3 Environmentalsustainability: going green‘Caring about the environment is a naturalextension of museums’ primary role ofstewardship of their collections.’16 It wouldbe perverse to preserve evidence of thenatural world and human society withoutregard to the protection of the widerenvironment. Museums cannot claim tobe serving the best interests of futuregenerations if they have negative impactson the environment that will make itharder for our descendants to livesecurely on the planet, let alone to enjoymuseum collections.However, there is a potential conflictbetween the way we approach theinternal museum environment and thehealth of the global environment. Manymuseums have extremely energyintensive approaches to caring for theircollections; air conditioning is still oftenwrongly seen as a gold standard. Whilethis can be beneficial for somecollections, and may make things morecomfortable for visitors, it is not sojustifiable in terms of its widerenvironmental impact. Climate change isthe most urgent aspect of sustainabilityand the most immediate way to addressclimate change is to reduce energyconsumption.Museums need to learn how to maintainconditions for collection preservationwithout excessive dependence on theuse of energy. The answer is to primarilyregulate heat and humidity by controllingnatural ventilation and improve theinsulation of museum buildings.Museums face the challenge of how todisentangle from medium- to long-termcommitments to air-conditioned museumenvironments - something even largemuseums can ill-afford economically andsomething that may not even benecessary for the majority of collections.17It might be helpful to reviewcollection-care standards and the waythat they are interpreted and applied bylenders, funders and supportorganisations such as the governmentindemnity scheme. Flexible loanagreements and more appropriatestandards could have social,environmental and economic benefits asmore objects could be made available toa wider range of people, using lessenergy and at lower cost. These benefitsmight outweigh any potential increaseddeterioration in the condition of theobjects.Museums are already facing pressure toimprove their energy efficiency. Publicbuildings will soon be required to displaya fridge-style energy rating,demonstrating how energy efficient theyare.18 This is likely to be followed by morecoercive measures. Reducing energy useis not only good for the environment; itsaves money that can be used for otherthings. (Reducing energy use byimproving and better managing thebuilding is generally better and cheaperthan installing wind turbines or solarpanels to generate more energy.) Allmuseums should take control of theirenergy use.19 Staff understanding ofenergy consumption is an essential firststep in improved facilities management.However, some museums do not yetknow what their energy consumption isbecause their fuel bills are paid by aparent institution such as a university orlocal authority.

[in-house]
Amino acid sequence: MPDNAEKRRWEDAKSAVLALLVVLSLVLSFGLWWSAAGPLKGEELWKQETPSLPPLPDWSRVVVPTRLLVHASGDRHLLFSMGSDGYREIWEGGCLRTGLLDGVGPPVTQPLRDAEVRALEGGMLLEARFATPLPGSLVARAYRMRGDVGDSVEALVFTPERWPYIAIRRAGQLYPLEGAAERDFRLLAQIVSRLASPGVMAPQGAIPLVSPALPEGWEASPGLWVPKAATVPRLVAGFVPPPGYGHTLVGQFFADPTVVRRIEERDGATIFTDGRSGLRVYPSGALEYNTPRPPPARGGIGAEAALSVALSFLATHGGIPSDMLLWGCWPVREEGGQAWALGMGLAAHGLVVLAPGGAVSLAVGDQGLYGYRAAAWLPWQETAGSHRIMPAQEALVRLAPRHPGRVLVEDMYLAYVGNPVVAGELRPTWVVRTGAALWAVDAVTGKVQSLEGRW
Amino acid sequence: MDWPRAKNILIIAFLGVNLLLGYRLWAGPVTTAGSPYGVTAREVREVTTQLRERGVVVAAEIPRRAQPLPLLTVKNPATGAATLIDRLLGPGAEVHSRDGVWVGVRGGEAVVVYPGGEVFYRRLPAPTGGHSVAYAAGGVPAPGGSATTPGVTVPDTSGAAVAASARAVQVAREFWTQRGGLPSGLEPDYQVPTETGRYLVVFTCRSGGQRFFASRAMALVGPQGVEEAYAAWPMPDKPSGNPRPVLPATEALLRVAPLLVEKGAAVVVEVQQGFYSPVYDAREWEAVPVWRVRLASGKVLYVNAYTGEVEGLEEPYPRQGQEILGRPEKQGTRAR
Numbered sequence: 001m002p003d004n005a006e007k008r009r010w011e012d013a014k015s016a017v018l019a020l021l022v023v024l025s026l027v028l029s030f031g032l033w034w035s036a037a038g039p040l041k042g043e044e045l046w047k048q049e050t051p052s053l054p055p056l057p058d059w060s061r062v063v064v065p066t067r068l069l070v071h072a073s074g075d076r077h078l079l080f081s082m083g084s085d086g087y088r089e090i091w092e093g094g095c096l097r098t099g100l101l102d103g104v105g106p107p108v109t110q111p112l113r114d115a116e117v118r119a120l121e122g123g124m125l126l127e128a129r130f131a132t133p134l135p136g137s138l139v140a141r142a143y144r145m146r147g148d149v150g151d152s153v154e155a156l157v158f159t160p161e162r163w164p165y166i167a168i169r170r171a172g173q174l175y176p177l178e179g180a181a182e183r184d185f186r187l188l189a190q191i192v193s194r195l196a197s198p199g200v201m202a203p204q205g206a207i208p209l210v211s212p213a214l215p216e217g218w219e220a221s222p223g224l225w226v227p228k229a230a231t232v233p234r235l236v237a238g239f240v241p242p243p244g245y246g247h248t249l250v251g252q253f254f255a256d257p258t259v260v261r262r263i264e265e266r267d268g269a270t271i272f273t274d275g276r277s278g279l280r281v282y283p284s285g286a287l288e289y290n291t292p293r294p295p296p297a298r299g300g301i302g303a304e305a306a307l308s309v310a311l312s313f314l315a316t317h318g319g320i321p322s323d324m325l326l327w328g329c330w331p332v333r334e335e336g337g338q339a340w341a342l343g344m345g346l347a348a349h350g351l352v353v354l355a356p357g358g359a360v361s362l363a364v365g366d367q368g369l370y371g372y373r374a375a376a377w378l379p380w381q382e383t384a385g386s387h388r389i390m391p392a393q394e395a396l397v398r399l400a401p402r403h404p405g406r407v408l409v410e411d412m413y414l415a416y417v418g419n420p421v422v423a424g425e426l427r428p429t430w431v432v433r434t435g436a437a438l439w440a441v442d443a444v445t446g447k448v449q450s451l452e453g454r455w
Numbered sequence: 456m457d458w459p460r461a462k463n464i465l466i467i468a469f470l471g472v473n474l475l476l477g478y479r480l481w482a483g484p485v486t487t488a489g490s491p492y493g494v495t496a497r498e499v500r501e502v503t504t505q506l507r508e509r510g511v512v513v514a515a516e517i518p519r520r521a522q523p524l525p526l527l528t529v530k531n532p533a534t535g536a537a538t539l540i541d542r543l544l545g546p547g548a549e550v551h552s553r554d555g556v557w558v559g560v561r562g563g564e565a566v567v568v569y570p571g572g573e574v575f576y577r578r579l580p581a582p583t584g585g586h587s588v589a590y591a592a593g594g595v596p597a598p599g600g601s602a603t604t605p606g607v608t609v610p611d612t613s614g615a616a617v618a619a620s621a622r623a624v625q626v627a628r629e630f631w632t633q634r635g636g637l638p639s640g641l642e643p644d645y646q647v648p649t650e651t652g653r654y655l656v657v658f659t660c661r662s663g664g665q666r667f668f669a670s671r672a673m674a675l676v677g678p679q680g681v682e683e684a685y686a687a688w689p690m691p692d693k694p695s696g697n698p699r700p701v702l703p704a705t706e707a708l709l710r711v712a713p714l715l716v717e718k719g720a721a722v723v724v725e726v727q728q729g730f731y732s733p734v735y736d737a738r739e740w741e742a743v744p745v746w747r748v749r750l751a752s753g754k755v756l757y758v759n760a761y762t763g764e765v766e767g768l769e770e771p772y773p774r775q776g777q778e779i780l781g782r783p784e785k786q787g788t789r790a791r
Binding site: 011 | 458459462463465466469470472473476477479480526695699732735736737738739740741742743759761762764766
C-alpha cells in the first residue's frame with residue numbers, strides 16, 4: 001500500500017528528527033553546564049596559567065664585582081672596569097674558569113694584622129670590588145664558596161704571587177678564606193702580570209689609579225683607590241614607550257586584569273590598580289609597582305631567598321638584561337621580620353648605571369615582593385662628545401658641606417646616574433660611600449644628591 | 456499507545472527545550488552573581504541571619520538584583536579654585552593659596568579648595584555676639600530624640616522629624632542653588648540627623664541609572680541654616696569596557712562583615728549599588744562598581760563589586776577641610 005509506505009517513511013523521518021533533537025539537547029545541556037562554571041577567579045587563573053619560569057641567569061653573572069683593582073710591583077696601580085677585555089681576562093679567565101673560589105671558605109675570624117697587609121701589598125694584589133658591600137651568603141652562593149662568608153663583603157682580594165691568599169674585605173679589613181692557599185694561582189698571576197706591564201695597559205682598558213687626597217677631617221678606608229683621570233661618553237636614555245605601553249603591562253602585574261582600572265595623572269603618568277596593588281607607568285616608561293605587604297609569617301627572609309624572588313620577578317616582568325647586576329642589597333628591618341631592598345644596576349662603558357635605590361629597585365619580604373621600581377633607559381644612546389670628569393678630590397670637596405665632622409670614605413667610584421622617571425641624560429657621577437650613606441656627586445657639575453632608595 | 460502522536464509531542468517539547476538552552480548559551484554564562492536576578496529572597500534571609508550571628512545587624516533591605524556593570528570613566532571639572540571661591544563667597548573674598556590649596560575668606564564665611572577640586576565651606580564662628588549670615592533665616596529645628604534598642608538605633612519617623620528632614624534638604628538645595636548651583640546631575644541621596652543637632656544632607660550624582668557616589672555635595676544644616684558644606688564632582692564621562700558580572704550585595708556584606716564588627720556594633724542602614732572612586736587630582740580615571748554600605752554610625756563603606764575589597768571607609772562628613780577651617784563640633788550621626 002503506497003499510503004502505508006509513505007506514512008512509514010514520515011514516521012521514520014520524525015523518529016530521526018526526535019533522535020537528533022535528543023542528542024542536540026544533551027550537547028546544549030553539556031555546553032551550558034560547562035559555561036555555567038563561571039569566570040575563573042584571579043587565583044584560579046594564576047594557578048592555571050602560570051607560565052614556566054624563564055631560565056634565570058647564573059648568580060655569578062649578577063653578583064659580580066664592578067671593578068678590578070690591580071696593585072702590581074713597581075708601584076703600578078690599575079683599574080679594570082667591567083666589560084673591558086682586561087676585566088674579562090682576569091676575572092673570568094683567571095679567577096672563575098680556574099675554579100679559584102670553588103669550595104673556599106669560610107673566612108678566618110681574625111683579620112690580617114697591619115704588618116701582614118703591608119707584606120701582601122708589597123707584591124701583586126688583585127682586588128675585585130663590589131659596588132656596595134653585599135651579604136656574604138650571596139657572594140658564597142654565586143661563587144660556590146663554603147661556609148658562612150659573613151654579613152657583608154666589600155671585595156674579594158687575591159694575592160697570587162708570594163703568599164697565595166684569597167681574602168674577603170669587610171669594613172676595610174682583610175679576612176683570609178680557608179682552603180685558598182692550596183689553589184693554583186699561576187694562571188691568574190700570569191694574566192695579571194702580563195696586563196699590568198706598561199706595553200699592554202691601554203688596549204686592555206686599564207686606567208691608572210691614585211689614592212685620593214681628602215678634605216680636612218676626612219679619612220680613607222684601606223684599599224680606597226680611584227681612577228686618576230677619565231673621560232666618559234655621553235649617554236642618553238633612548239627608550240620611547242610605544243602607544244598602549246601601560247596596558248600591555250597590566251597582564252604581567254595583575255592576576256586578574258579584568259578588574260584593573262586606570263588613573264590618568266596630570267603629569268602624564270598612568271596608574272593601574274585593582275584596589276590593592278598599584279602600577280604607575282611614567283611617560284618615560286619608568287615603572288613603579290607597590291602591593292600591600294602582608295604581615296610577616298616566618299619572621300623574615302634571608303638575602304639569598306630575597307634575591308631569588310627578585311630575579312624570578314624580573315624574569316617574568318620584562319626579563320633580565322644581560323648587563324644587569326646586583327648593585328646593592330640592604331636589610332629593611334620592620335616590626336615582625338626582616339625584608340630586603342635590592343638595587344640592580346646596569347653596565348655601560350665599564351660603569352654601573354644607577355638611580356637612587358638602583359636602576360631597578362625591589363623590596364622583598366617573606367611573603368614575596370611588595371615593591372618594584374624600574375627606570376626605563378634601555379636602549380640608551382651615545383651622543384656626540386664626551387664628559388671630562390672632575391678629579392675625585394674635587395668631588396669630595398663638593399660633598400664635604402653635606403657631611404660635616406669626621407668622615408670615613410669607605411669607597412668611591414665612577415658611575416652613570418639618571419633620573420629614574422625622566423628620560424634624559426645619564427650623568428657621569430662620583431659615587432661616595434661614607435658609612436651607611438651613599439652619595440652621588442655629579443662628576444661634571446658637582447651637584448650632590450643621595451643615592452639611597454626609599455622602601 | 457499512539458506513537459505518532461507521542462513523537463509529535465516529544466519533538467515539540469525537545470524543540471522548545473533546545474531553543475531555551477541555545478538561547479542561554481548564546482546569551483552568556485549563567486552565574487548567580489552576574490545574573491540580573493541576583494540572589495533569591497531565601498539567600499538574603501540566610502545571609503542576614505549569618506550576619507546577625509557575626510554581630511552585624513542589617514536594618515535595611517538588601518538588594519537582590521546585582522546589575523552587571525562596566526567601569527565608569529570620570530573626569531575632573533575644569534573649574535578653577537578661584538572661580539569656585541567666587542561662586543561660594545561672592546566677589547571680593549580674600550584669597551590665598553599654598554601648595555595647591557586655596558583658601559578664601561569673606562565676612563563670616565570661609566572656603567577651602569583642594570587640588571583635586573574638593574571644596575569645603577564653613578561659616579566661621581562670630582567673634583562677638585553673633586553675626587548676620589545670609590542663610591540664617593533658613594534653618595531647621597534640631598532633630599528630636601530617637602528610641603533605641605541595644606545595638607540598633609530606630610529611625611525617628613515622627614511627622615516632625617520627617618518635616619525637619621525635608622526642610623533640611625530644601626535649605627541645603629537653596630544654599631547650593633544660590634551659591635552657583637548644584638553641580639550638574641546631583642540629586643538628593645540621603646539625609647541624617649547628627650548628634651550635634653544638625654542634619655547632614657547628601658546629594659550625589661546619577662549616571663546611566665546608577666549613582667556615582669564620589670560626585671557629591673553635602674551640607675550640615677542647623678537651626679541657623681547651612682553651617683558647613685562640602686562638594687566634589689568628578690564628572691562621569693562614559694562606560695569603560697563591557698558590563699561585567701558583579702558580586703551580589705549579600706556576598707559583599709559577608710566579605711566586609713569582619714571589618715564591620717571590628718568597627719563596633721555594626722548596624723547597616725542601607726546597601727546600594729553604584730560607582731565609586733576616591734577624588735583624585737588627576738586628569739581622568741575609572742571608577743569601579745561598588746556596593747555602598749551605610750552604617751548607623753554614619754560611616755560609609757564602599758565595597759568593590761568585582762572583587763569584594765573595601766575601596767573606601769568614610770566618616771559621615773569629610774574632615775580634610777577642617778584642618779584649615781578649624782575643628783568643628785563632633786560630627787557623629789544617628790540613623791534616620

The Natural History Museum’s (NHM’s)current carbon dioxide emissions arebelow the levels in 2000; over the nextthree years the museum aims to reducethese emissions by 5 per cent a year. Thecosts of new energy-saving technology atthe NHM’s Wandsworth store wererecouped by savings in just 16 months.The NHM is working with other museumsand organisations in South Kensington,which together aim to reduce theircarbon dioxide emissions by 7-10 percent by 2010. The V&A has a target ofreducing its energy consumption by 25per cent over five years.20 Between 2000and 2006 the National Maritime Museumreduced its use of gas by 15 per cent anduse of electricity by 12 per cent. It plans toreduce energy consumption by a further5 per cent in 2006-8.21 How much is yourmuseum going to save?In addition to energy, museums will wantto reduce waste22 and consider theenvironmental impact of other resourcesthat they consume, such as exhibitionand building materials, water and paper23.There are several sources of ‘green’ officesupplies and some manufacturers ofoffice furniture are working to minimisetheir environmental impact. Museumscould work together on their procurementand use their joint buying power topersuade manufacturers of museumspecific products and contractors to bemore environmentally friendly. The HLFhas published guidance for applicants onminimising their impact on theenvironment. These guidelines willencourage museums to consider theirenvironmental impact more fully.Visiting museums often meansenergy-consuming car journeys, or airtravel by international tourists. Reducingthe energy used by audiences will beeasier for some museums than others.Some will be able to promote greentransport alternatives, or aim for morevisits by local people and fewer tourists.However, there will always be potentialaudiences based far away. And museumvisits have many positive benefits, so thefact that they have an environmentalimpact obviously does not mean thatwe should not be making any at all.New models of service delivery mightlessen the need for expensive museumbuildings and reduce energyconsumption. Museums may offeralternatives to visiting, such as takingcollections out to users and other formsof outreach, although more objects onthe move will mean more use of energy totransport them.The museum sector needs a muchgreater understanding of the energycosts of its work. We simply do not knowwhether more or less energy is needed toget visitors to museum buildings or totake museum services to visitors.Q7 Do you think that collection-care,loan and government-indemnitystandards should be reviewed orused more flexibly, with a view toreducing energy use?Q8 How can your museum reduce itsenergy use? Do you monitor yourenergy use? What difficulties do youanticipate in reducing energy use?Q9 How might you design or adaptmuseum buildings and exhibitions toreduce your environmental impact?Q10 How might your museumchange what it does to reduce theenvironmental impact made by youand your visitors?Virtual museums already provide somemuseum services, such as learning andaccess to information and knowledgeabout collections. However, they are lessable to provide other important social andeducational museum benefits, such asdirect access to collections and civicspaces at the heart of the public realm.Online services may have lessenvironmental impact than museumbuildings, but energy is still needed –and the computer industry itself is hardlya model of sustainability being fraughtwith conspicuous consumption andunnecessary obsolescence and creatinghard-to-recycle hazardous waste.10